Covers are an important selling tool. The books need to look like they belong to that series. Take the New York Ever After series as an example, the font is the same size and so far, the same colour, the position of the name and title are similar, and each has something in the background whether it’s snow or twinkly lights. For the pier books, each has the same pier as the main picture but the covers reflect seasonal differences.

What’s next?

I do write some of my stories as complete standalones which I enjoy too, and the variety keeps me on the ball as a writer. So stay tuned for more of those!

Right now I’m gearing up for the release of the bind-up version of The Little Café at the End of the Pier, which will be released by Orion in January 2019. The instalments of the series are available to buy now, starting with a free short story, Valentine’s Day at the Café at the End of the Pier. It all depends how readers prefer to read the story! You can read in short bursts, or curl up with one delicious book.

Christmas Miracles at the Little Log Cabin, the next book in my New York Ever After series, will be released December 6th 2018. Just in time for Christmas!

As for what’s next, I’m planning another New York book, another new series and a standalone title. We will see what 2019 brings!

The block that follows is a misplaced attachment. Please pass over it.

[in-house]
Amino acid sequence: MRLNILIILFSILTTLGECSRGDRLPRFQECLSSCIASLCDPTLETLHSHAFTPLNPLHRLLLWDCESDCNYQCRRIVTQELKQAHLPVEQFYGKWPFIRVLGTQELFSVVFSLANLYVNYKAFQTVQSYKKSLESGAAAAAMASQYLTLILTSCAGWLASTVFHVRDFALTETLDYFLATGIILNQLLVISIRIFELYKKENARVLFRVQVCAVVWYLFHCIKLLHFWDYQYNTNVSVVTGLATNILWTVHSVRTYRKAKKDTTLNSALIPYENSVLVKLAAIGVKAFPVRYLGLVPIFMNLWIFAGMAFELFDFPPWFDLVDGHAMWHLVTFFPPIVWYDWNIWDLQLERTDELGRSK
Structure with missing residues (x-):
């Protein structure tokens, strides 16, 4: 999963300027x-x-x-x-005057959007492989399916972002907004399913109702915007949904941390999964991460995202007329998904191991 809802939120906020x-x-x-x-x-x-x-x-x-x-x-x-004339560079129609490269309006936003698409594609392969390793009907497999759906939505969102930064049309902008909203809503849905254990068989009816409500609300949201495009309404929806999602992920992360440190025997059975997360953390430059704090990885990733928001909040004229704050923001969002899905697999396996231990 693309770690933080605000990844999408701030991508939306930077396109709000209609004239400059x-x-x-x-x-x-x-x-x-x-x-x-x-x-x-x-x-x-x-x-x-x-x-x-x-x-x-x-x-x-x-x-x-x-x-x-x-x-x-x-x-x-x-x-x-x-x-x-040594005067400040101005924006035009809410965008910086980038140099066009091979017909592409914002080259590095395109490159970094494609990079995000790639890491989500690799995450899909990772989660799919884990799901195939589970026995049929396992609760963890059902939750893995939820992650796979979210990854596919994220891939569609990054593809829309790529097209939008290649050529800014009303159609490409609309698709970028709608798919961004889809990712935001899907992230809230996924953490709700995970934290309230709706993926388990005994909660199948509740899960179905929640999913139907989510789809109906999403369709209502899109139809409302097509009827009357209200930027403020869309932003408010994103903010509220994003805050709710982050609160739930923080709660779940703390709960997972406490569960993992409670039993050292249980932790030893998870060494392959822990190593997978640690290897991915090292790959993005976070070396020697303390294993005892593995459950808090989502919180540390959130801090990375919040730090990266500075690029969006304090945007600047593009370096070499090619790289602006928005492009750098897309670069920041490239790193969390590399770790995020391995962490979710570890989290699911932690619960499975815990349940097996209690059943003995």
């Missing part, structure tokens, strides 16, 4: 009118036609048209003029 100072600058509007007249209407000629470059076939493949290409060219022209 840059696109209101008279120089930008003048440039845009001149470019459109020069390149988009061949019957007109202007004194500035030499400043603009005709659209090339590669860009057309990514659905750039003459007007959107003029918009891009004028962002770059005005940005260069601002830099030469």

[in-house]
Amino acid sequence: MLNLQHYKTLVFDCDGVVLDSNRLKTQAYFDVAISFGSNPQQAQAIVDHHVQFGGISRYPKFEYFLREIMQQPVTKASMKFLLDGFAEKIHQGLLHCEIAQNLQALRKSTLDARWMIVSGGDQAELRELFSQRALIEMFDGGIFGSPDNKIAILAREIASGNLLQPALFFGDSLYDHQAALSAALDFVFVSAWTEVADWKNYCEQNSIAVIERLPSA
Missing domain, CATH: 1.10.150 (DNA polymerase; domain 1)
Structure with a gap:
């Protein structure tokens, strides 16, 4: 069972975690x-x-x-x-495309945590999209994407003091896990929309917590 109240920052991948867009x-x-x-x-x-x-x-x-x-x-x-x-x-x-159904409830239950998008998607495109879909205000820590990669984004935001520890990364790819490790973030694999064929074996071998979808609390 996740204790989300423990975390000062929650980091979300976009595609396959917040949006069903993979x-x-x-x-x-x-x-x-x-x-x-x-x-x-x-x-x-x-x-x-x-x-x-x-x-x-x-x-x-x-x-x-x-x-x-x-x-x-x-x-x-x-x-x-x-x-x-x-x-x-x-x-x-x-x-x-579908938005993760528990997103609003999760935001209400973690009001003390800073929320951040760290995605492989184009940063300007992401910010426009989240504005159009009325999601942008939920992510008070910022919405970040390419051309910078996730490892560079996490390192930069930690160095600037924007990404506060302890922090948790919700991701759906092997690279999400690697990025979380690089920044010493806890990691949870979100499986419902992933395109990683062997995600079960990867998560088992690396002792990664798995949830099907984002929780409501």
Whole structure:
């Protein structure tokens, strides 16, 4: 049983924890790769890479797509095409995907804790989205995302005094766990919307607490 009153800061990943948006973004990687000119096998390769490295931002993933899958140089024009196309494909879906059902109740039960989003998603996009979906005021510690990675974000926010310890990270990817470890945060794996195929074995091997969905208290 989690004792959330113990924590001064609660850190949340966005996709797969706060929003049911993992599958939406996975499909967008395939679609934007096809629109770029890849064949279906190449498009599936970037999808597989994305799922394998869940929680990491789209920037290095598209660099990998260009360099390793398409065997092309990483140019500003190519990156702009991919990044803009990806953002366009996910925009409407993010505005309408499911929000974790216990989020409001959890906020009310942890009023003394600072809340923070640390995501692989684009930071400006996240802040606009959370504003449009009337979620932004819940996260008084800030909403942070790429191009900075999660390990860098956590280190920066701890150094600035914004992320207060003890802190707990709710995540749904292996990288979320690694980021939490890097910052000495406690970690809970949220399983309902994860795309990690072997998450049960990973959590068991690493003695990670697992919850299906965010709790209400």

Helen J Rolfe xx

Helen J Rolfe writes romantic fiction and contemporary women’s fiction and enjoys weaving stories about family, friendship, secrets, and community. Location is a big part of the adventure in Helen’s books and she enjoys setting stories in different cities and countries around the world. So far, locations have included Melbourne, Sydney, New York, Connecticut, Bath and the Cotswolds.

1 Comment

  1. Elise Holland

    November 22, 2018 at 2:00 am

    Thank you for this article, Helen! I am writing a series and found this helpful. I write children’s fantasy and my first book takes place in a fantasy world, whereas the second goes back and forth between the fantasy world and Earth. I’m excited to bring my characters somewhere new, but worried that my audience will feel cheated if they don’t get more of the original world. Your insights will (hopefully) help me overcome that!